The Georgia Aquarium was a blend of contrasts about which I’m still not sure how I feel. We visited because it was included in our CityPASS. Though they have plenty of cool sustainability initiatives and a few of their animals are rescued from situations in which they’d otherwise die in the wild, like their albino alligators I photographed below, other contradictory aspects of the Georgia Aquarium made me wonder why they tried to posit themselves as sustainability champions when they clearly aren’t. For example, they purchased their whale sharks from fishermen in Asia and shipped them here via UPS. Buying endangered animals from unregulated sources is not an ethical, moral, or right thing to do, even if they do serve as learning tools at the aquarium.
I wouldn’t go back, and it was very crowded, but they did have very beautiful aquariums, it was clean, and all of their fish seemed very happy and healthy, although the numerous Beluga whales in a single tank together seemed to be in much too small a space. If you know of sustainable, ethical aquariums, please let me know in the comments below!
National Center for Civil and Human Rights
Included in the Atlanta CityPASS, the National Center for Civil and Human Rights highlights and educates visitors on the role Atlanta and its residents played in advancing civil and human rights during the American Civil Rights Movement and beyond. This was one of the best and most informative museums I’ve ever been to, and I learned so much here. Human rights are something I’m very passionate about, and this museum was very illuminating, particularly in an era where so many ignorant politicians are trying to bring us back to a time before everyone had (more or lesser) equal rights. I recommend spending a few hours here to really read and absorb the information. Keep an eye out for my upcoming feature in my Museums vertical.
One of the best ways to get to know a new city is to volunteer in and around it. Atlanta has dozens of excellent volunteer opportunities. We used Hands on ATL to find a project during our stay, but you can also help out at Atlanta Community Food Bank, Hope Atlanta, or check Volunteer Match. You can even donate to charities like Piedmont Park Conservancy to keep Atlanta a beautiful place for all. No matter where you go in the world, I always encourage you to volunteer your time or donate money or in-need items to those in the area to leave each place we visit better than we found it.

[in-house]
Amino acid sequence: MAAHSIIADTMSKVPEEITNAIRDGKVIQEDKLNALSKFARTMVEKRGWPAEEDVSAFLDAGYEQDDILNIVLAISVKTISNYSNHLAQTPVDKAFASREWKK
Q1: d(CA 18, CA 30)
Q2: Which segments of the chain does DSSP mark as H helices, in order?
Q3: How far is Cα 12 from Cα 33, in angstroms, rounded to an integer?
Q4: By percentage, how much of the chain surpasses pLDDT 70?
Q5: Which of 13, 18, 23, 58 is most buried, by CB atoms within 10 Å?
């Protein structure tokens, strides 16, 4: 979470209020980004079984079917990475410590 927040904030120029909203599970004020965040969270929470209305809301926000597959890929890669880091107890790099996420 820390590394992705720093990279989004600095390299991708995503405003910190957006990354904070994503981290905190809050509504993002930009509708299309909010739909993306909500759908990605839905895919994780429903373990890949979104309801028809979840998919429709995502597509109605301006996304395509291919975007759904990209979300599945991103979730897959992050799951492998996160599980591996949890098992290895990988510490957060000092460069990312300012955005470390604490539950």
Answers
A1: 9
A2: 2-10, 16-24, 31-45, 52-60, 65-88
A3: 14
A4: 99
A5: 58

Zoo Atlanta is home to many rescued animals that could never survive in the wild. While it isn’t entirely comprised of rescue animals like the Detroit Zoo, it was still one of the cleanest, prettiest zoos I’ve ever visited, and all of the animals looked very healthy, happy, and well cared for. This is included in the Atlanta CityPASS.
We never once felt unsafe in Atlanta. That being said, we did stay in the nicer parts of town. It’s essential to be aware of current events in any place one travels, and Atlanta is no different. For instance, there are currently protests against what’s been dubbed “Cop City” in Atlanta, mainly after cops recently shot and killed a protestor. Everyone has a right to exercise their constitutional right to assemble peacefully, and it’s always important to be aware of when protests are planned so as not to block them or get delayed in traffic.
As with any major city, remain aware of your surroundings, don’t flash valuables, make copies of your travel documents before you depart to have spares should they become lost or stolen, and always let someone know where you are, where you’ll be going when you plan to return, and what to do if they don’t hear from you. I think Atlanta is a generally safe city, and the people here were very kind. We met some locals while handing out food to unhoused people, and they were some of the sweetest people.
Traveling puts it into perspective that we’re all just people no matter where we come from, where we live, what religion we practice, what language we speak, or anything else that might make us different from one another. Use your best judgment, be kind and respectful, and you’ll be fine.